When did you first realise you wanted to pursue a career as a jewelry designer?
"After having lived many lives (coming from Montreal to study at Sorbonne University, working in Paris as a festival organiser at Pompidou Center, a movie producer, a CEO’s coach…) my life changed suddenly one day in September, 15 years ago, during my first scuba diving at the Lake Maggiore in the North of Italy.
Actually, I had an accident. I went too fast to the surface of the water, after being squeezed into a whirlpool of dust, and my instructor told me that I was obliged to dive again to recover. Against my fear, I went down again. I was so surprised I felt better that I turned around and at this precise moment, the sun created a refraction phenomenon around me. I was surrounded by a rainbow which turned all the rocks underneath into sapphires, rubies, emeralds...it was a sign. I will be a jeweler, even if I knew nothing about this universe before. I took the most golden-looking stone as a memento. Two weeks later I was at the gemology school and I made the 4 year study into 5 months, I was in a rush, I was already 45 at that time.
I founded my House of High Jewellery under my name, Édéenne, on 23 December 2003."
Who have been your biggest mentors in this industry and what is the best advice they have ever given you?
"I cannot say that I had a mentor in the industry, my vision was from the beginning too far away.
After two years, I went to jewelry school, on rue du Louvre in Paris, and at the first lesson, working with the wax and a file, I discovered that, one, I was there to see how limitless is this world; two, that we can make pieces of art with gold and precious stones and three, that I was a sculptor.
From then, I decided instead of looking for 'the' piece that everyone would love around the world, I would spend my time showing what was incredible in each person who would come to see me. Since then, I meet people, asking them many very private questions and, about two or three hours later, I stop him or her, and say that I see. To make it short, I design a piece of High Jewelry that moves me from their life. Like a painter would do a 'portrait', I do it with precious materials. All my work is based on the notion of 'resonance'.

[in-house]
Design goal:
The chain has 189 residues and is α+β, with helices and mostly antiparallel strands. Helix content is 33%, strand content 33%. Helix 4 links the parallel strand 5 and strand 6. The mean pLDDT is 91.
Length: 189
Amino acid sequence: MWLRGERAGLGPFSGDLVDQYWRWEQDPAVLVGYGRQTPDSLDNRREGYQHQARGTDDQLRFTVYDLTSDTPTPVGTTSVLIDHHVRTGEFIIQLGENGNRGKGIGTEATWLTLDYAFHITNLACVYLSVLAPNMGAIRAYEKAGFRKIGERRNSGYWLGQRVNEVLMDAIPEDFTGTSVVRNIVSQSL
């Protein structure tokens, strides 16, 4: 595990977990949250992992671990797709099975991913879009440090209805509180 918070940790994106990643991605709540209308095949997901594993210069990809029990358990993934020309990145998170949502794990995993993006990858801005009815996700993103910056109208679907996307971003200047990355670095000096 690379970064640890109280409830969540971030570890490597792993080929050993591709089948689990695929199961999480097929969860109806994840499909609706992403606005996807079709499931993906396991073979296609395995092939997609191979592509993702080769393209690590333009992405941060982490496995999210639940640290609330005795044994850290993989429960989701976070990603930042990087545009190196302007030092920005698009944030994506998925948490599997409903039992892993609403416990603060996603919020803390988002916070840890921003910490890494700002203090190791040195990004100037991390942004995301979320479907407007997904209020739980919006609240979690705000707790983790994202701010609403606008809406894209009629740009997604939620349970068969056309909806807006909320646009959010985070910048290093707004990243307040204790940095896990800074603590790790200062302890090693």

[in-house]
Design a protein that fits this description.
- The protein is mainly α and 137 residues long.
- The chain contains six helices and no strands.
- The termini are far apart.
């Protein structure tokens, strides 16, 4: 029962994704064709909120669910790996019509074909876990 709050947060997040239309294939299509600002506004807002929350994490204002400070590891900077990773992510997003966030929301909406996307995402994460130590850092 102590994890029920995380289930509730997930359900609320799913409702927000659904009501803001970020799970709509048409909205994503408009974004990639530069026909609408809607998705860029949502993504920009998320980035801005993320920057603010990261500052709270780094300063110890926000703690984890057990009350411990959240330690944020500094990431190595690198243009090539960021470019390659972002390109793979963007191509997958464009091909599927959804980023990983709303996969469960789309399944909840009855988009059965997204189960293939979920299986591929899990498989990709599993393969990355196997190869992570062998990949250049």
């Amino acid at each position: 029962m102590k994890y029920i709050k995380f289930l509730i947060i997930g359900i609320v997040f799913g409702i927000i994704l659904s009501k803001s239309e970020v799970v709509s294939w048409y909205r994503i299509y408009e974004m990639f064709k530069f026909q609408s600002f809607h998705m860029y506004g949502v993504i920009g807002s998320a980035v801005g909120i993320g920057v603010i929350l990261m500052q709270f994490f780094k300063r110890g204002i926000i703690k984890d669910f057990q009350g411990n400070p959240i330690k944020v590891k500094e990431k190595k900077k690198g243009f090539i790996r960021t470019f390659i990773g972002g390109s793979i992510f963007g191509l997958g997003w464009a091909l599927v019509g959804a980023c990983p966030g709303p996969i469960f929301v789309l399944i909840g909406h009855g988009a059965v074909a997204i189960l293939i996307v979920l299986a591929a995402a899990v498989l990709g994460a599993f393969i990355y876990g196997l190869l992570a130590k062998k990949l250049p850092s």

I had no mentor in the industry but so many people helped me since fifteen years to believe in my work, in my vision and to keep my faith. I could write a book about that. Well… maybe one day!"
If you could go back and tell yourself one thing before beginning your career what would it be?
"I would change nothing, really. I feel every day that I am blessed, to meet all the incredible customers who come to me, sharing their life stories to see how I will enhance their memories and values into a portrait. It is something that deeply gives me meaning in my own life. You cannot imagine the joy I feel when I look to their eyes when they open the box with the piece they are waiting for."
What was your biggest fear when starting Édéenne?
"From the very start, I was crazy enough to believe so much in my vision of High Jewelry, that it made me overcome all my practical fears. I wanted to use jewels to carry emotions, stories, human feelings. I feel something greater than me, pushing my dreams and those of my customers."
What do you want women to feel when wearing your jewelry?
"To feel how strong they are. Because they wear a jewel that is not only bespoke, but tells their own stories. It is according to me a real tribute to how 'unique' they are."
Who would you most like see wearing your jewelry?
"Michelle Obama. I had the pleasure to meet her and talk with her. Her aura is even bigger in real life. She is what I love most in women: determination, feminine power, awareness of mankind and no fear to 'say what shall be said' in such a graceful way."
Name two icons you admire - one living, one dead.
"My mother who showed me that I could totally restart my life at 45 years old. She herself went back to university at this age even if my father was suspicious about 'why'. She had a new career, running a hospital, a job that at that time was held mostly by men. She made me understand I could make my dreams come true, all of them. I unfortunately lost her three years ago. Somehow she is still alive..."
Do you have a most treasured item in your personal jewelry collection?
"When I was seven, my father, a chemist, disguised me as a princess, (which we don’t have that much in Canada, except in former Native Americans’ tribes), and he transformed my mother’s strass necklace into a tiara. For me, suddenly, I was 'his' princess. You can see it every time in my exhibitions. As well as the stone I picked up in the Lake Maggiore."
How does exhibiting at Sotheby’s tie in with Édéenne?
"Usually you can only be introduced at the Maison Édéenne through somebody else. I am very secretive, work in a hidden atelier in Paris and shortly this year in London. I show my work publicly only at museum-quality events. To be part of Sotheby's events is a milestone for me, it is an extraordinary opportunity to create this link between their collectors and me. Sotheby’s enhances Art. And thinking that their customers who will come are collectors, aesthetes, and art lovers... it tells me that my work is considered as such."